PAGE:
It wasn’t clever, it was just using ratings in an alternative manner because you could rely on what they meant. I remember that we have added at least 22 points on so far, and it’s either that the NHRA isn’t doing basic housekeeping or that the handicapping rules cause an unfixable creep. Actually neither of those explanations are good enough for owners who deserve better. They deserve the problem fixed because handicapping determines the outcome and we all play under that pall.

    I guess the whole thing needs to be handled with a bit more care and less bluster. 25 years and hardly anyone is happy…or convinced even.

  15. Anton Marx says:

    I just had a look, have a mare at 99 MR please find me a race in Gauteng up to end of December 1200m but plenty for lower rated horses


    Tony, I have a question about the actual carded MR Handicaps eg. Turffontein’s 8th & 9th race tomorrow.

    A FM 76 Handicap and an 88 Handicap.

    Would these races have been originally programmed as a 66 and a 78 ?

    I just want to establish whether the planned and approved racing program was subject to the 10 point hike or not ..?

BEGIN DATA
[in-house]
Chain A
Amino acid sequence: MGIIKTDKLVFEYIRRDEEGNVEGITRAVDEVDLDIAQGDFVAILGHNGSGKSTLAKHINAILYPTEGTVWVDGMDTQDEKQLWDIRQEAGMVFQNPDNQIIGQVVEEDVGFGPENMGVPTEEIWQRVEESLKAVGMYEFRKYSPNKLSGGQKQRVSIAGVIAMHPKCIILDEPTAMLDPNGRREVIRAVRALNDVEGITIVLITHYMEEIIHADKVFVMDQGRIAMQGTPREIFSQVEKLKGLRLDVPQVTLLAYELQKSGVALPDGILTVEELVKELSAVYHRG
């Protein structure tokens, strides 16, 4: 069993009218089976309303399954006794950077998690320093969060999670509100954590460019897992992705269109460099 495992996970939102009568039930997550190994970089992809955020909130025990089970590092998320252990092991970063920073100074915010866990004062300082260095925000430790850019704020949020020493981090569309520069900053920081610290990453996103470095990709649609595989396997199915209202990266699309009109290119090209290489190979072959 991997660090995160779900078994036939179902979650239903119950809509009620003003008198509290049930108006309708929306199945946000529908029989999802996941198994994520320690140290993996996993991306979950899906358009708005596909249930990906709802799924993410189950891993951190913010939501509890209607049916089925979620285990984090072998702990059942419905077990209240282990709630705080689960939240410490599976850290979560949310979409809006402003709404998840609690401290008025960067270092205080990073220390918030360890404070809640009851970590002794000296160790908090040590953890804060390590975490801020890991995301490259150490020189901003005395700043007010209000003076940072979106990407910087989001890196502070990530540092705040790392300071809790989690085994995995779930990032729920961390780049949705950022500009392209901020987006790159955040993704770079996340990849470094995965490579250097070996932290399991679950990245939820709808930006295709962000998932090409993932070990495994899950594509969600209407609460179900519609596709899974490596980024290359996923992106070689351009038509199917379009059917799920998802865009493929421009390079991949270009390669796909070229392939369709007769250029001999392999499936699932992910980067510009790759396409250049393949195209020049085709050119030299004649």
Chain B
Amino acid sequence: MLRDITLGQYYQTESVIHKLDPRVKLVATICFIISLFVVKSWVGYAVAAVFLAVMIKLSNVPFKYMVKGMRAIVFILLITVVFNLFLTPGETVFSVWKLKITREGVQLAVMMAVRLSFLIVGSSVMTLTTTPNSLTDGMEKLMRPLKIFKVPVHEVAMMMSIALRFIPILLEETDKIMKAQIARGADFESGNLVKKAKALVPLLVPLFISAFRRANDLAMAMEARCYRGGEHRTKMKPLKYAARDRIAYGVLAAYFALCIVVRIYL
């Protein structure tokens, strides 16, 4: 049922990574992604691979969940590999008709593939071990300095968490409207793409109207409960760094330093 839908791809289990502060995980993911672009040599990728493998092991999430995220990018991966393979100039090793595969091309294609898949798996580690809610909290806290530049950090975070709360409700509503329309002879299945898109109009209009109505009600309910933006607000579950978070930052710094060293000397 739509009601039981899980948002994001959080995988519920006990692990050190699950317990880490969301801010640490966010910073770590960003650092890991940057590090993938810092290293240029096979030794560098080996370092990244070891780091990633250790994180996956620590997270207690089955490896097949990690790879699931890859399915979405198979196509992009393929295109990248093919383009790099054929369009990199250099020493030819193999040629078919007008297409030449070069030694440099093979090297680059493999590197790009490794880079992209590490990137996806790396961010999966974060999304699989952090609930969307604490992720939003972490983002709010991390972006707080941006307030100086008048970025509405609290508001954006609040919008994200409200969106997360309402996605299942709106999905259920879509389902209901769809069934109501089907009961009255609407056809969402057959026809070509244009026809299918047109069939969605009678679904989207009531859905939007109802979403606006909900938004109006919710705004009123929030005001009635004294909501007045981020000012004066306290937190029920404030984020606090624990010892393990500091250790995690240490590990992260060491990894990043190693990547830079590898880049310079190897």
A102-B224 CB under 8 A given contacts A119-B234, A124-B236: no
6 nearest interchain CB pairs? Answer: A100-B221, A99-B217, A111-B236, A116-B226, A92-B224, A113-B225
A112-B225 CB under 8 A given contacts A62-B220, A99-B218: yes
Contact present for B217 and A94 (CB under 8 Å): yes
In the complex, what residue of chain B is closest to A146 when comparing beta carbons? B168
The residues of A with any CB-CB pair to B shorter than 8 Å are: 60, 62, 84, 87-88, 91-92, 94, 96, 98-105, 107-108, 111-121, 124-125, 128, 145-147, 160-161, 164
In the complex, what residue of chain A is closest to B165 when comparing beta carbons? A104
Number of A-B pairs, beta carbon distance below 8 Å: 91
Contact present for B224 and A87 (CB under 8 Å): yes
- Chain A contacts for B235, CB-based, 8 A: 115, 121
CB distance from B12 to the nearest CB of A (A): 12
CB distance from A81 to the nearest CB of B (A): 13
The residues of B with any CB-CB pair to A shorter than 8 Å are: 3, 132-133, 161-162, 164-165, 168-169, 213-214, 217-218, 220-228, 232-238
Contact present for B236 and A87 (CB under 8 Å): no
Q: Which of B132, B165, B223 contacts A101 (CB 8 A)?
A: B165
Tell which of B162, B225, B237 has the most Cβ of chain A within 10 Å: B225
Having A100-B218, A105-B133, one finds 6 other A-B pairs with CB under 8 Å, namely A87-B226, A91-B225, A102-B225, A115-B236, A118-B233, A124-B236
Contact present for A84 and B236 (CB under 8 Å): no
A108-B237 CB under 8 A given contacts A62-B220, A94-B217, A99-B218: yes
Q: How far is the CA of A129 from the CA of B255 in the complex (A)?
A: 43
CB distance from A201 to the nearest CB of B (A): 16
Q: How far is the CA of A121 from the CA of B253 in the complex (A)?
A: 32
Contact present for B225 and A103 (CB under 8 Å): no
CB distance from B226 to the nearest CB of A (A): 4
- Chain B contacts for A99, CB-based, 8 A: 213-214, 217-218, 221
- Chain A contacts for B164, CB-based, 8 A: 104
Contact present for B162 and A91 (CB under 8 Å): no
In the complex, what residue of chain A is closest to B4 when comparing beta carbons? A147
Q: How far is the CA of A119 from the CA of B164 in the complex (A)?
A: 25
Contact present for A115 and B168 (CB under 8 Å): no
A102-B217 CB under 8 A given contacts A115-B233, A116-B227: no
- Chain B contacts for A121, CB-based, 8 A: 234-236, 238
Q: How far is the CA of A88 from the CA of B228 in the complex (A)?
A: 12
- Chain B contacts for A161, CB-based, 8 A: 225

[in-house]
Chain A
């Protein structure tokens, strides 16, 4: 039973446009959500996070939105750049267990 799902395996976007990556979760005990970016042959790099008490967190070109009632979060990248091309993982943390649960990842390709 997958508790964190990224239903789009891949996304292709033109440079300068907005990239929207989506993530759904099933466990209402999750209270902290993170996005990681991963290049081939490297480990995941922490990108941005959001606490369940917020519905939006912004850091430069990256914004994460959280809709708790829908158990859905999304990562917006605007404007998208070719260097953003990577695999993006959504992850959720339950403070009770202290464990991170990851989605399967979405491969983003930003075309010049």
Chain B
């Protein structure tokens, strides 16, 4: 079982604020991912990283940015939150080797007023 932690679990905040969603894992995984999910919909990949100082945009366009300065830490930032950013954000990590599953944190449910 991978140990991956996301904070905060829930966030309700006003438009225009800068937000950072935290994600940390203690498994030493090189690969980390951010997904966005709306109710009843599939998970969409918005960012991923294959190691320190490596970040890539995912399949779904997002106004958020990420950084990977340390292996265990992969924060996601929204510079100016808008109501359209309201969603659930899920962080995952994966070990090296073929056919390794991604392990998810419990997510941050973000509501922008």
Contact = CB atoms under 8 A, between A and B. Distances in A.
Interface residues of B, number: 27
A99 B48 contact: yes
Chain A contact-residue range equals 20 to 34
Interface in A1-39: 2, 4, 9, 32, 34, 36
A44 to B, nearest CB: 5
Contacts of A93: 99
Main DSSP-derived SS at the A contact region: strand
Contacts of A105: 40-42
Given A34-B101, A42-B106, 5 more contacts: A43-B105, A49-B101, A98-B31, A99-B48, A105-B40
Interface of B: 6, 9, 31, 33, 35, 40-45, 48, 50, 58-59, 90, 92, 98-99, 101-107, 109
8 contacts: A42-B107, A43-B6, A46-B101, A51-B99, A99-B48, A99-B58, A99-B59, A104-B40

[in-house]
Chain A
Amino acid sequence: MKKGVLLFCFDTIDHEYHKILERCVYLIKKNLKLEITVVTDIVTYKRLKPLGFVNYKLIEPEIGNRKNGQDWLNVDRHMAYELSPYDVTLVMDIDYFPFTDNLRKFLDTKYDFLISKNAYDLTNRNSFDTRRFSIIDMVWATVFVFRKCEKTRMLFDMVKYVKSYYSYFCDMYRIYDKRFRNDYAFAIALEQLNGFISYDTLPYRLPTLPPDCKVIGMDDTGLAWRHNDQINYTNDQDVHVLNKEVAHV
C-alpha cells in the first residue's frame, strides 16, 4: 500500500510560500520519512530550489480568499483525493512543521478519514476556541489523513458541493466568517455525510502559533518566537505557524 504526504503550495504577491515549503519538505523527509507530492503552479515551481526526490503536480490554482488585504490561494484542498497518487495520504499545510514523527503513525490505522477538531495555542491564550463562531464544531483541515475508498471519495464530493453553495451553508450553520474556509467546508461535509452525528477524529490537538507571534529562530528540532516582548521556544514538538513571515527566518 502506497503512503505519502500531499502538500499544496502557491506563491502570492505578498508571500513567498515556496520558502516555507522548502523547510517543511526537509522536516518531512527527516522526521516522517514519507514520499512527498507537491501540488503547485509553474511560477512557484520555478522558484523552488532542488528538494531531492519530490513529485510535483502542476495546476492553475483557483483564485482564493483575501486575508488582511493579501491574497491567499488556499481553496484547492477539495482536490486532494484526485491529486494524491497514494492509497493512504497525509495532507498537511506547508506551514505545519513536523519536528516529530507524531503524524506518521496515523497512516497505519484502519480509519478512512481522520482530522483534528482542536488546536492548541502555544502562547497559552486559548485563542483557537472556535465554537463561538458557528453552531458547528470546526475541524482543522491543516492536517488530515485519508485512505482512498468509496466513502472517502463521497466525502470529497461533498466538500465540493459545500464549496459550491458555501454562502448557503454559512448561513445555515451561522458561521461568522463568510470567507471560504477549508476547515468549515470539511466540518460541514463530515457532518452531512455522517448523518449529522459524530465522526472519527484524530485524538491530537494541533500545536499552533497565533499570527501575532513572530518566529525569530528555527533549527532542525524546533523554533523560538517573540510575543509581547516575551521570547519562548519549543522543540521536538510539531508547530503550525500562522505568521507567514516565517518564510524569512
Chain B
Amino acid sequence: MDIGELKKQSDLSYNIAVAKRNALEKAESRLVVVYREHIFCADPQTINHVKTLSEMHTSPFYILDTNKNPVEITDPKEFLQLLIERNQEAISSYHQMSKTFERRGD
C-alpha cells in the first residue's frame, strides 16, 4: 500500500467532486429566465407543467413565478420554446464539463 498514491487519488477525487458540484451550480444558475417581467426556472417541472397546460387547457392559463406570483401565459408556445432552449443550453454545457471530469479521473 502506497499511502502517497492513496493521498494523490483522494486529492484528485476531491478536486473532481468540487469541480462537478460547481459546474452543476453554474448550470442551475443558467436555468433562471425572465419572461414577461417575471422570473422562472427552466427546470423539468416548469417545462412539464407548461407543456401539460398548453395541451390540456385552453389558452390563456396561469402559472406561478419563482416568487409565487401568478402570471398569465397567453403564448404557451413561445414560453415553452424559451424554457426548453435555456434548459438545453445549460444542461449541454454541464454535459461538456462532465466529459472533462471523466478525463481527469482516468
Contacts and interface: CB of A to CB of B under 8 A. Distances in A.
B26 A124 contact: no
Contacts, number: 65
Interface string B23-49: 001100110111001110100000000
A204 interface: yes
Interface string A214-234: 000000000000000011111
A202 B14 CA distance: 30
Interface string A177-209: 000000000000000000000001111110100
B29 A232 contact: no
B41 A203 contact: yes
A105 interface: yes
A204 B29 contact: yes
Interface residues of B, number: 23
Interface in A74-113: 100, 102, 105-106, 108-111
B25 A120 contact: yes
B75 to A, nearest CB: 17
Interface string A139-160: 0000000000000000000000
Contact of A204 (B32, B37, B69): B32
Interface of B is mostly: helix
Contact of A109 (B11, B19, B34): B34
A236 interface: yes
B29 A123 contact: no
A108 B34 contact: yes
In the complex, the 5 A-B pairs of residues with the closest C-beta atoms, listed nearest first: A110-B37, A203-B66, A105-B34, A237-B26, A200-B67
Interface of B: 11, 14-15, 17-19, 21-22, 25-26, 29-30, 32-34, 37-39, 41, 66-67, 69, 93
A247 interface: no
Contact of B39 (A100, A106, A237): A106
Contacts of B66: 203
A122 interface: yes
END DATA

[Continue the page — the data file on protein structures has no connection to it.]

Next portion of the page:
Mr. Bryant,

    Exactly, just a knee jerk reaction. This is still the tip of the iceberg.

  18. Graham Hurlstone-Jones says:

    Its designed to confuse….They want the punters to struggle, they don’t realise that “:winning” is what keeps the game going. The whole system is designed to “stop” the punter from working it out….Bubble gum racing with bubble gum results. It is an agenda to bring it all down. 6 horses running past the line at the same time, no champs ( no bankers in other words )….they don’t want the punter to win. The ANC don’t want to spend the taxes and improve peoples lives, unless it is on them, they think it is their money, it’s the same thing. Race 3 Durbanville….which Snaith horse ? the jockey or the money ? ( its now guess work, no more form or info )…. Punters are walking in droves but nothing will change until it all comes crashing down….maybe the exports will come in time to save the elite from having to be part of the “people” ?

  19. Tony Mincione says:

    Tony, I have a question about the actual carded MR Handicaps eg. Turffontein’s 8th & 9th race tomorrow. A FM 76 Handicap and an 88 Handicap. Would these races have been originally programmed as a 66 and a 78 ?

    And a 72 Hcp, so that would be 62 then. I really don’t know, would they have scheduled a “66” and “62” hcp for a Saturday? There are 6 plated races from 9 and it’s mostly modest except for the Graduation where half of the field are 100+.

    With regards to Graham Hurlstone-Jones who says:
    Its designed to confuse….They want the punters to struggle”

    That doesn’t strike me as an obvious point. From an income point of view “they” want huge pools and huge fields. Lots of carry-overs make big pools, but t takes money out of circulation. I’m sure there is a sweet spot, and for which they may be aiming. But who knows? I don’t think you can co-ordinate results and dividends with any accuracy and keep the noms going properly.